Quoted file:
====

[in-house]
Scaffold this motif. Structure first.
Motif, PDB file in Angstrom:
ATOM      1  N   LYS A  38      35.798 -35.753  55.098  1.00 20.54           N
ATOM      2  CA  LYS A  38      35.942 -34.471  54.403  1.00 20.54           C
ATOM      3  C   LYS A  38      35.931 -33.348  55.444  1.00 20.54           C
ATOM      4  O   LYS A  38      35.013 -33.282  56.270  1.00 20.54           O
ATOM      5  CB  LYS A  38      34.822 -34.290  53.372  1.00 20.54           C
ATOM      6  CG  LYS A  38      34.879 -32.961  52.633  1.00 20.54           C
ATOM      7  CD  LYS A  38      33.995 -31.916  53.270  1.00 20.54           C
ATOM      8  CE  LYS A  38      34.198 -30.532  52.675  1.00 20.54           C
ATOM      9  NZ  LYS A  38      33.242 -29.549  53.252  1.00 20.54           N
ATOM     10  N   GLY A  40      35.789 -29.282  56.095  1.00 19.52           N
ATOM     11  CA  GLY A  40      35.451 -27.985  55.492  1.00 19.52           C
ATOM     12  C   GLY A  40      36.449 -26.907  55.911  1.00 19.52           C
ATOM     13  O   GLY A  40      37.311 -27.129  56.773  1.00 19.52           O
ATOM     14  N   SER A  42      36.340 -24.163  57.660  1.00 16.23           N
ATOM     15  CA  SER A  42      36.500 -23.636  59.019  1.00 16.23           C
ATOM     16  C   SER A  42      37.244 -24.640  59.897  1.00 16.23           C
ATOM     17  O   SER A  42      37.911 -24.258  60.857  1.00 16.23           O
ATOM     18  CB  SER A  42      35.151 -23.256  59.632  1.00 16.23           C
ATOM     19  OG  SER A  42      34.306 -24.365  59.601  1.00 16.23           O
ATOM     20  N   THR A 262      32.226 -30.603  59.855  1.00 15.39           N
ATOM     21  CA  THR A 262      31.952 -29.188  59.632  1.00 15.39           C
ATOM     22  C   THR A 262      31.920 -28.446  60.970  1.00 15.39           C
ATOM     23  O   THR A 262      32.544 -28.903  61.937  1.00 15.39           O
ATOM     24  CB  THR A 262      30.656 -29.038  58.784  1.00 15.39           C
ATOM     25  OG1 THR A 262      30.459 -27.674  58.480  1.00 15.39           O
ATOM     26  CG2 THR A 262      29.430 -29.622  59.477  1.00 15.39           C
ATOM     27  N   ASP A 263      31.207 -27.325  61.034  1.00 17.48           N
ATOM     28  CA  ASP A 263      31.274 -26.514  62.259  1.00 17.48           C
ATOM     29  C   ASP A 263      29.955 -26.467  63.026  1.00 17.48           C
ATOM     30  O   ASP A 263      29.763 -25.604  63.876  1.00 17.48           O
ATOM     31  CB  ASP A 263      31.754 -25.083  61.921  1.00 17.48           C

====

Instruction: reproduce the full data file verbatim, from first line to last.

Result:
[in-house]
Scaffold this motif. Structure first.
Motif, PDB file in Angstrom:
ATOM      1  N   LYS A  38      35.798 -35.753  55.098  1.00 20.54           N
ATOM      2  CA  LYS A  38      35.942 -34.471  54.403  1.00 20.54           C
ATOM      3  C   LYS A  38      35.931 -33.348  55.444  1.00 20.54           C
ATOM      4  O   LYS A  38      35.013 -33.282  56.270  1.00 20.54           O
ATOM      5  CB  LYS A  38      34.822 -34.290  53.372  1.00 20.54           C
ATOM      6  CG  LYS A  38      34.879 -32.961  52.633  1.00 20.54           C
ATOM      7  CD  LYS A  38      33.995 -31.916  53.270  1.00 20.54           C
ATOM      8  CE  LYS A  38      34.198 -30.532  52.675  1.00 20.54           C
ATOM      9  NZ  LYS A  38      33.242 -29.549  53.252  1.00 20.54           N
ATOM     10  N   GLY A  40      35.789 -29.282  56.095  1.00 19.52           N
ATOM     11  CA  GLY A  40      35.451 -27.985  55.492  1.00 19.52           C
ATOM     12  C   GLY A  40      36.449 -26.907  55.911  1.00 19.52           C
ATOM     13  O   GLY A  40      37.311 -27.129  56.773  1.00 19.52           O
ATOM     14  N   SER A  42      36.340 -24.163  57.660  1.00 16.23           N
ATOM     15  CA  SER A  42      36.500 -23.636  59.019  1.00 16.23           C
ATOM     16  C   SER A  42      37.244 -24.640  59.897  1.00 16.23           C
ATOM     17  O   SER A  42      37.911 -24.258  60.857  1.00 16.23           O
ATOM     18  CB  SER A  42      35.151 -23.256  59.632  1.00 16.23           C
ATOM     19  OG  SER A  42      34.306 -24.365  59.601  1.00 16.23           O
ATOM     20  N   THR A 262      32.226 -30.603  59.855  1.00 15.39           N
ATOM     21  CA  THR A 262      31.952 -29.188  59.632  1.00 15.39           C
ATOM     22  C   THR A 262      31.920 -28.446  60.970  1.00 15.39           C
ATOM     23  O   THR A 262      32.544 -28.903  61.937  1.00 15.39           O
ATOM     24  CB  THR A 262      30.656 -29.038  58.784  1.00 15.39           C
ATOM     25  OG1 THR A 262      30.459 -27.674  58.480  1.00 15.39           O
ATOM     26  CG2 THR A 262      29.430 -29.622  59.477  1.00 15.39           C
ATOM     27  N   ASP A 263      31.207 -27.325  61.034  1.00 17.48           N
ATOM     28  CA  ASP A 263      31.274 -26.514  62.259  1.00 17.48           C
ATOM     29  C   ASP A 263      29.955 -26.467  63.026  1.00 17.48           C
ATOM     30  O   ASP A 263      29.763 -25.604  63.876  1.00 17.48           O
ATOM     31  CB  ASP A 263      31.754 -25.083  61.921  1.00 17.48           C